July 10, 2018, Michigan
Michigan residents are going to vote on adult-use cannabis in a public ballot this November. But MMJ patients in the state are still wondering when the regulators would start issuing licenses to MMJ dispensaries. Michigan legalized medical cannabis 10 years ago and it took eight years from the authorities to come up with a Medical Marihuana Facilities Licensing Act addressing the issue of regulations and licensing dispensaries.
The board formed by the state’s Department of Licensing and Regulatory Affairs (LARA) started accepting applications for MMJ dispensaries in December last year. By the mid of February 2018, around 540 facilities have applied for licenses. More than four months have passed by but the state hasn’t issued a single cannabis license.
It is worth noting that 96 local municipalities in the state have agreed to allow MMJ dispensaries to operate, but they are also waiting for the board to begin issuing licenses. The board is currently examining 19 licenses, out of which eight have already been rejected due to questionable character exhibit of applicants and failure in disclosing information.
Initially, June 15th was set as the deadline to submit applications. But due to their inefficient processing, the board has extended the deadline by three months. The board members are going to meet this week as well, but it’s still not clear whether they would issue any license.
Board’s Extreme Prejudice Towards Cannabis Business Owners
Even though MMJ has been legal for almost a decade in Michigan, but the authorities are still treating associated business with suspicion. According to one applicant, who wants to remain anonymous due to the fear of rejection, the scrutiny process devised by the regulators is quite discriminatory. This is also the reason why there is so much delay in issuing the license.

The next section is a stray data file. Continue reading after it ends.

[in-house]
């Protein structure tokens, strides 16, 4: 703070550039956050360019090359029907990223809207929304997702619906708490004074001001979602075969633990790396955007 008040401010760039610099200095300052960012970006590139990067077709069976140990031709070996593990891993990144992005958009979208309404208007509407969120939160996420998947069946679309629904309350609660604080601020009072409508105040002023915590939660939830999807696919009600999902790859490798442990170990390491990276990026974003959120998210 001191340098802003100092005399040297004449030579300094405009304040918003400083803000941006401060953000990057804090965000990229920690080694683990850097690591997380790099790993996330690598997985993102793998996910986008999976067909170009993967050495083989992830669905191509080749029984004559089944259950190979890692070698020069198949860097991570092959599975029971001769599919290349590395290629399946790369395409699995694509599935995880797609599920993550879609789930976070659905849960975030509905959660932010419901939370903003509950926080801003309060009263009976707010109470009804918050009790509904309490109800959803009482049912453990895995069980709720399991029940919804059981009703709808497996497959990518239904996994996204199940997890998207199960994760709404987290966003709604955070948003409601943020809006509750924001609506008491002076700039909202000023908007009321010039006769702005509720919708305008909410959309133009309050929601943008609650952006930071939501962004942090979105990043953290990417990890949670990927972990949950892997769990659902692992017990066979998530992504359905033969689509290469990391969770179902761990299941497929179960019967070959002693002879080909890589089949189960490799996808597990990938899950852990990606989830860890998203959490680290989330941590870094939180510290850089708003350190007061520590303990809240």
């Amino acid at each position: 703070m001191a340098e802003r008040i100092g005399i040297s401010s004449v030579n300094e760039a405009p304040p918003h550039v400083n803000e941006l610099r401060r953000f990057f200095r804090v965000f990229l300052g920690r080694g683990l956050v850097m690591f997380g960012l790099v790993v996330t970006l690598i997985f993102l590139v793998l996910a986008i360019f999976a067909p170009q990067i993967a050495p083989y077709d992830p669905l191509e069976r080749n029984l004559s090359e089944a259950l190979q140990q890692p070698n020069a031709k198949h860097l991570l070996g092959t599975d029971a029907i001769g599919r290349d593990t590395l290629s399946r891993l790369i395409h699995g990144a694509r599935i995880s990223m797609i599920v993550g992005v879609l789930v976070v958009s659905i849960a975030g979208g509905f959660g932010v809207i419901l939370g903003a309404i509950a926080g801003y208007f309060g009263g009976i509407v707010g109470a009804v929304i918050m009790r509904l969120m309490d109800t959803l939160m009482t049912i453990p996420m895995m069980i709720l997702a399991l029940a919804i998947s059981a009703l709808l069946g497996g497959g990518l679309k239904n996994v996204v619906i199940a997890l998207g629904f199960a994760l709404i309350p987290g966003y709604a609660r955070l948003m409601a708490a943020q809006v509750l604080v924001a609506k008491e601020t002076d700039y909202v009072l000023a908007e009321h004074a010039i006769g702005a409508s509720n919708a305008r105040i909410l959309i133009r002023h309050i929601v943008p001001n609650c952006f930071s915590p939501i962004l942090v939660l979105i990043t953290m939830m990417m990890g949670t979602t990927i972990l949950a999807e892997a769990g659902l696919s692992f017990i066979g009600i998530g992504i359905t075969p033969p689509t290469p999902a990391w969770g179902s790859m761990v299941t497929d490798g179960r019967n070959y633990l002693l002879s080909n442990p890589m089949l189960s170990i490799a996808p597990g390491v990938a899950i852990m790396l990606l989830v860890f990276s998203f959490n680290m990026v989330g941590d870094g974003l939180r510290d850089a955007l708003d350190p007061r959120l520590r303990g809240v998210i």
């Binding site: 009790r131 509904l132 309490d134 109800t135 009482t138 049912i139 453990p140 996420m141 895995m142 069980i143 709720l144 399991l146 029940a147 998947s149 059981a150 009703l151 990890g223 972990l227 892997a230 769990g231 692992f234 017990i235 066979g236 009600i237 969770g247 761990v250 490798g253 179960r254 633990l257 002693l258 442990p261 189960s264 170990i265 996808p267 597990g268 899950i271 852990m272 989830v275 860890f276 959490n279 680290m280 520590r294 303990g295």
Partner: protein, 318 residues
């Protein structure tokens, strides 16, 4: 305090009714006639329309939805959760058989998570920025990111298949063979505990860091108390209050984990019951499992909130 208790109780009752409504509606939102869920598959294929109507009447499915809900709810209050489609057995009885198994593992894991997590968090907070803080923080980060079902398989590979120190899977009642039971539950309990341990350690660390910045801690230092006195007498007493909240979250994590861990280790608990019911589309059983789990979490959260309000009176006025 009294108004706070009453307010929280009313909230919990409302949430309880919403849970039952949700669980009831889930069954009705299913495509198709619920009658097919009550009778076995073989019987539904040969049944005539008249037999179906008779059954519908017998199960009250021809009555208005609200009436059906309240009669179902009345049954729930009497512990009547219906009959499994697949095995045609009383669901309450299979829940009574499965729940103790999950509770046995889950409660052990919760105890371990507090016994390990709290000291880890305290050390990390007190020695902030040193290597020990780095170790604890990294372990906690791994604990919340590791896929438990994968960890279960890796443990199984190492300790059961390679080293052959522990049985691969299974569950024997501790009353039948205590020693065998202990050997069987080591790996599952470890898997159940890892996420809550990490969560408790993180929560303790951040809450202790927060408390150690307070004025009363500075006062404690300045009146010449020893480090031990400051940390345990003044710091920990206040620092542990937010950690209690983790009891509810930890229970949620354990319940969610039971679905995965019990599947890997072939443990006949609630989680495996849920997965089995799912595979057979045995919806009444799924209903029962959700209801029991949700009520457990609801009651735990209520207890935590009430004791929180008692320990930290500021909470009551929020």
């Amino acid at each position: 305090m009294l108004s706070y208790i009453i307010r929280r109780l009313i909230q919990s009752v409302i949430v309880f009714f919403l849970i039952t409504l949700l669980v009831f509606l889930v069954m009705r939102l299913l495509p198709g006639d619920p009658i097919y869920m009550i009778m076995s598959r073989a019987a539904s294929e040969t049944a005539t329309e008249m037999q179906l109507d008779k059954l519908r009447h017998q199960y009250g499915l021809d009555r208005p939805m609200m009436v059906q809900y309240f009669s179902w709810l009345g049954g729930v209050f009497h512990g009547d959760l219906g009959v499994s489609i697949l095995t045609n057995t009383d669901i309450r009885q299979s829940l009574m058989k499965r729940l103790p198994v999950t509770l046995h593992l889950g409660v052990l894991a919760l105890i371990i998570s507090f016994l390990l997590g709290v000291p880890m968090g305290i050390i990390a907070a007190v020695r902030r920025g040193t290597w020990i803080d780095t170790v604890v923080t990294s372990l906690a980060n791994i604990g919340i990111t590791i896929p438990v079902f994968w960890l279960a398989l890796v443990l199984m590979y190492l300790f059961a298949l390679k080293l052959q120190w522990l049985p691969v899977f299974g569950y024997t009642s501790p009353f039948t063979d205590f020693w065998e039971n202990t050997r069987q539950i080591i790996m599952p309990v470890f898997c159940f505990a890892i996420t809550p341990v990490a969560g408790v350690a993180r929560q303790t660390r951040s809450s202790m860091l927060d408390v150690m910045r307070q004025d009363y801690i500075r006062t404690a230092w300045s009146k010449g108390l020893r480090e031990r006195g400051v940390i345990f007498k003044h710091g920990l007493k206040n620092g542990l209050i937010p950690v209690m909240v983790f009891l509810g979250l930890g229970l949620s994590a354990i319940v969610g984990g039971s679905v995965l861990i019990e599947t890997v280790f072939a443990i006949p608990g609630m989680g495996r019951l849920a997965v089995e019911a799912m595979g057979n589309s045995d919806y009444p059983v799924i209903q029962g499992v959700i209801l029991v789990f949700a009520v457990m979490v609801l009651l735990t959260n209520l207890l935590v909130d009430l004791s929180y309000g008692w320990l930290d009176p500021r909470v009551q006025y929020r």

Aside from regular background checks and personal scrutiny, applicants have to explain every transaction over $1000 for the last three years. Not only that, the applicant’s spouse has to undergo the same scrutiny. This personal forensics has absolutely nothing to do with business. It seems like the state is vetting criminals instead of reputable business owners who are trying to become part of legal operations.
Moreover, the joint possession MMJ dispensaries have also extended the scrutiny process. Every person involved with the business is being scrutinized in the same manner. Many people have to come up with joint ownership when they have to open a legal MMJ business because they are not available with the regular facilities of the line of credits and bank loans.
Denise Pollicella is a lawyer representing the state’s marijuana businesses. As per Pollicella, the licensing procedure is really frustrating for many reasons. It’s lengthy, crammed with extensive documents and taking a lot of time. She also believes that the department and the board are not on the same page on the matter of licensing.
Over 200,000 medical marijuana patients in the state are waiting to get their medications from licensed fronts. However, the state’s attitude indicates that they are not in the mood to speed up the process.